Nearly 40,000 gallons of crude oil have spilled into the Yellowstone River near Glendive, Montana, as a result of a January 17 leak in a pipeline owned by Bridger Pipeline of Casper, Wyoming. So far, only about a quarter of the leaked amount has been recovered.
The 6,000 residents of Glendive were forced to use bottled water for five days until water from the local treatment plant was declared safe. Over that period, benzene levels in the local water supply were found to be 15 parts per billion, three times the maximum safe concentration, resulting in many residents reporting their tap water to smell like diesel.
Benzene is a highly flammable chemical normally found in motor fuels. While the Center for Disease Control has determined that the immediate risks to human health are minimal, there are potential long-term dangers, given that benzene is very soluble in water, can remain embedded in soil for years and is a known carcinogen. So far, no other communities that draw from Yellowstone River have reported contaminated drinking water.
A further advisory has been issued by Montana Fish, Wildlife and Parks and the U.S. Fish and Wildlife Service regarding any fish caught in the Yellowstone River since the spill. It is known that petroleum compounds, such as benzene, can accumulate in fish for 40 or more days after a spill. This can, in turn, impact birds and other creatures that feed on the fish as toxins build up in the food chain. Efforts are ongoing to capture fish and other wildlife, particularly those already tagged, in order to determine the extent of the impact of the spill on local species.
There are also broader environmental concerns. The Yellowstone River is a critical component of the ecologically rich area just north of Yellowstone National Park. Dozens of species live off of and around the river, including northern pike, bigmouth buffalo, black bullhead, black crappie and bluegill. Endangered species include the pallid sturgeon and bald eagle. The river is also depended upon across its entire length for irrigation and drinking water.
Starting from the Bakken oil patch of North Dakota and Montana, the 193-mile-long Poplar Pipeline transports 42,000 barrels (1,323,000 gallons) of crude oil to a facility in Baker, Montana, approximately 55 miles south of Glendive. The various sections of the pipeline were all built in the 1950s.
Bridger Pipeline has a history of minor oil leaks from its 316 miles of pipelines. According to data from the US Department of Transportation Pipeline and Hazardous Materials Safety Administration, from 2006 to 2013, the company has had twice as many incidents per mile of pipeline than the national average. In total, these have resulted in 10,800 gallons of oil spilled and $175,000 in property damage.
Eight of the incidents have been deemed preventable and included corrosion and material, weld or equipment failures.
The cause of the spill is still being investigated, though the aged pipes are a possible factor. A third of the pipes laid down by Bridger Pipeline before 1970 were fused together using low-frequency electric resistance welds, a technique known to be vulnerable to lengthwise cracks and imperfections. The same faulty manufacturing method set the stage for ExxonMobil’s 2013 Pegasus oil spill in Arkansas. Company spokesman Bill Salvin has stated that the broken segment was replaced around 1970, but was unclear whether the pipes were replaced before or after that date. The pipe was last checked in 2011.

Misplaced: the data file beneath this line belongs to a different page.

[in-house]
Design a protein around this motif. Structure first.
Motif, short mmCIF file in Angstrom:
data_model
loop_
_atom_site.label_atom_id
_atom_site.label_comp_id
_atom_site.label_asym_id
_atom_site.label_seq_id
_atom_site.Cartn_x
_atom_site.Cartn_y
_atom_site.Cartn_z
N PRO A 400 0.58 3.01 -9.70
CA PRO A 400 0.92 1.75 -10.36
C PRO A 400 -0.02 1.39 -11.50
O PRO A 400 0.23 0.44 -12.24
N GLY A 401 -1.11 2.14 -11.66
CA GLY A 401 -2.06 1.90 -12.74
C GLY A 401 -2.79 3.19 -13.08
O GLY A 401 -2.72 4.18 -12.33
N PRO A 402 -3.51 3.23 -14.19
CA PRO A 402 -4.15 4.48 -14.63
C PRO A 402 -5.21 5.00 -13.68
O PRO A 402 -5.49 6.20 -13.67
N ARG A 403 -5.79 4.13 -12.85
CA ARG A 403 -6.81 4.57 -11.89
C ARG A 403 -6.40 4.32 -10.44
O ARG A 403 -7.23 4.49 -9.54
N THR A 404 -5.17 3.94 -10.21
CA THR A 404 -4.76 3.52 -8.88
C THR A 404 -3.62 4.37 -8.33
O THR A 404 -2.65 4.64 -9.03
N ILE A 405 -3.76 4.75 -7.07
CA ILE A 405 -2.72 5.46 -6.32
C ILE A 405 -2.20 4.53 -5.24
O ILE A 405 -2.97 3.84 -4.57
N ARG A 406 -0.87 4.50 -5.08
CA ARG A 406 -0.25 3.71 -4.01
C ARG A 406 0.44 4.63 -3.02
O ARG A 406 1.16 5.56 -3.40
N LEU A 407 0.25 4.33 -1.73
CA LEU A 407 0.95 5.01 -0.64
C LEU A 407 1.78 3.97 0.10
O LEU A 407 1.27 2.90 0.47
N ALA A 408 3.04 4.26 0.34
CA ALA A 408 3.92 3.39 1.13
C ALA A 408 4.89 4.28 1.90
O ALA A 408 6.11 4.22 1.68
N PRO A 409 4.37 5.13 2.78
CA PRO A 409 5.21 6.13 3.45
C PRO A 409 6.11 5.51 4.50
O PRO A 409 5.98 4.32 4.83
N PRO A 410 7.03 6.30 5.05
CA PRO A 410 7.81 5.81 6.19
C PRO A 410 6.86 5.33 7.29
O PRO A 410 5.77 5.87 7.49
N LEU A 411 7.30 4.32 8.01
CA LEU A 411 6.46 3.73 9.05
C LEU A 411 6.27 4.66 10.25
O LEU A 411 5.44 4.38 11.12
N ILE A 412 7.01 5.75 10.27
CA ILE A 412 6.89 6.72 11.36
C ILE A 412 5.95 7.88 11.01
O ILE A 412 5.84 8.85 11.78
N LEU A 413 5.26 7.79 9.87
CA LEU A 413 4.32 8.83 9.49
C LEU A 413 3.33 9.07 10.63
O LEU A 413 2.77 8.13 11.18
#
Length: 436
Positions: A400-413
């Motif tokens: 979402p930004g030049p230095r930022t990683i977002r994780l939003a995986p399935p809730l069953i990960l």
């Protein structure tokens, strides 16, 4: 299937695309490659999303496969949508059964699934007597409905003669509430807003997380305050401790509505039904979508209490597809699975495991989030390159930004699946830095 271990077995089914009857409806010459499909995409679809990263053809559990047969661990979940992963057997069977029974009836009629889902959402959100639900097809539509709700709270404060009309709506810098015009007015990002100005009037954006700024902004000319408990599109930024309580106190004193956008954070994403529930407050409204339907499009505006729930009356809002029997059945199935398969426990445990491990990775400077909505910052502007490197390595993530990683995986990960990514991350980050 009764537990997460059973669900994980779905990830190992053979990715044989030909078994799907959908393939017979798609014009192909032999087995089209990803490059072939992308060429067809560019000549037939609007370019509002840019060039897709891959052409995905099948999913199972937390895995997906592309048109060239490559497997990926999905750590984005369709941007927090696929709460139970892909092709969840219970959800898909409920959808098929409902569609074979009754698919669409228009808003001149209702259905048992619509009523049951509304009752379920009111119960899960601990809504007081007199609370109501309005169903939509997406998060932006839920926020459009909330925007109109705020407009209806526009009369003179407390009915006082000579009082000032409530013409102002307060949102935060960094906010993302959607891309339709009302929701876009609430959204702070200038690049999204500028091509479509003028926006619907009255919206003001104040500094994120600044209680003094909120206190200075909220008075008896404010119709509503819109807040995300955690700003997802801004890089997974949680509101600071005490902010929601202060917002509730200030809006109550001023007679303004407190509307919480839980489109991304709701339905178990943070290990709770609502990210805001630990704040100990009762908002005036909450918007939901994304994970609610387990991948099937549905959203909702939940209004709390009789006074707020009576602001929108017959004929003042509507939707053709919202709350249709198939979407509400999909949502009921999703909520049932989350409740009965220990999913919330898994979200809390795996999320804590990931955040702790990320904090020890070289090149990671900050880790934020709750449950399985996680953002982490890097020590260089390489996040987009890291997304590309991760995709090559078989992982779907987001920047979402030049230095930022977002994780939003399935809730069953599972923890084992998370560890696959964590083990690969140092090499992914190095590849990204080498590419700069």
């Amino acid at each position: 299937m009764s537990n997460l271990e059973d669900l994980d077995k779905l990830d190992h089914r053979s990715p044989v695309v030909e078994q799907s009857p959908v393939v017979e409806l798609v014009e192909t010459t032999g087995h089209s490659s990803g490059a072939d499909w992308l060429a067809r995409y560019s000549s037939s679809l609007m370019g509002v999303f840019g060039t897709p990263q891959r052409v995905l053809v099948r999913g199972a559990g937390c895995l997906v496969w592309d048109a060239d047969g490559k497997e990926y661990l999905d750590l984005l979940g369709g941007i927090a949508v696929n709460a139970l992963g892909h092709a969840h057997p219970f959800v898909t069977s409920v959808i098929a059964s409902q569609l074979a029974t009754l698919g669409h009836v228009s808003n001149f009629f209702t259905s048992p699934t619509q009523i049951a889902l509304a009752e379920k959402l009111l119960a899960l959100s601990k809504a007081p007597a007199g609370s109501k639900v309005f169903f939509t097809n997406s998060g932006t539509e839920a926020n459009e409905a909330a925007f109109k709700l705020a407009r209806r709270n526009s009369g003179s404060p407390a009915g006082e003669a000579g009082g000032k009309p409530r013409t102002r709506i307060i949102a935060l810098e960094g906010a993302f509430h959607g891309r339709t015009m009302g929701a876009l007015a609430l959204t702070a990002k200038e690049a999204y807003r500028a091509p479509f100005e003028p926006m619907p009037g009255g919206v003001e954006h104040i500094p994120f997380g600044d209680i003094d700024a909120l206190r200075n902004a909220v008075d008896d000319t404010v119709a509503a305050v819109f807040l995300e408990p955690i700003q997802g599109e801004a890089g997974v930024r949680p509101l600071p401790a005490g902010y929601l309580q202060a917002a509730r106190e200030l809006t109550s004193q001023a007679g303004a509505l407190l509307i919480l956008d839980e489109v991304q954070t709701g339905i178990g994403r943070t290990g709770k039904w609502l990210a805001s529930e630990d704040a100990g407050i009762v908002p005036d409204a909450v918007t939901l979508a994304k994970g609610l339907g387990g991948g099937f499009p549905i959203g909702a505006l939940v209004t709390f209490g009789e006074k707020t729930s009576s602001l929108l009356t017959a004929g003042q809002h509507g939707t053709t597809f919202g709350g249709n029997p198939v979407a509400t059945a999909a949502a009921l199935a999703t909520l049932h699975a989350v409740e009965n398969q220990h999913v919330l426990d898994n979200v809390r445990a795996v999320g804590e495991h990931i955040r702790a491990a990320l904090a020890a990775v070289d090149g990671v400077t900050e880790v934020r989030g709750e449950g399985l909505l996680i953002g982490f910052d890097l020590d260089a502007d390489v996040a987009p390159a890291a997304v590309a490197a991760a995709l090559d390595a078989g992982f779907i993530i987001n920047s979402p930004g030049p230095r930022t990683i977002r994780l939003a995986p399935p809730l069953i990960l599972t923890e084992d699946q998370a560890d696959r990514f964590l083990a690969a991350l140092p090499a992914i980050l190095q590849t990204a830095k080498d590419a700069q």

In the meantime, cleanup crews have been deployed in an attempt to contain the oil sheens that have appeared. Success has been minimal, as the ice covering the river makes recovering oil extremely difficult. Rather than simply vacuuming oil from the river’s surface, crews are forced to drill into the ice with specialized equipment and attempt to catch the oil piecemeal.
Jeni Garcin of the Montana Department of Environmental Quality told the Associated Press that “We’re not able to get anything substantial, but we’re mopping it up where we find it.”
Further complications arose from the warmer weather that began last Friday. Workers were forced to dismantle oil collection equipment that had been placed 60 miles downstream, and the slowly thinning ice made work hazardous. As oil has already been detected this far from the original spill, there is a concern that even longer stretches of the Yellowstone river will be polluted.
It is also not clear what will happen when the spring thaw begins. Right now, it is suspected that the majority of the oil is trapped beneath the ice covering the river. The increased currents that inevitably come when the snow and ice melt have the potential to push any unrecovered oil much further downstream.
Sister companies of Bridger Pipeline have had similar problems. Over the span of a single month in 2014, lines operated by Wyoming-based Belle Fourche Pipeline had three oil spills totaling more than 100,000 gallons. These spills included an overflow in an oil storage tank, a breach from a corroded section of pipeline and a leak caused when heavy equipment punctured a pipeline.
This is the second major oil spill into the Yellowstone River in four years. In 2011, an ExxonMobil pipeline was breached, releasing 42,000 gallons of crude oil into the environment and forcing the evacuation of 140 people in Laurel, Montana, who were facing toxic fumes and a risk of explosion. That spill left oil remnants 85 miles downstream of the original breach. Despite the environmental dangers this caused, ExxonMobil has so far only been fined $1 million for safety violations. This is less than a slap on the wrist for the company, which made more than $32 billion in 2013.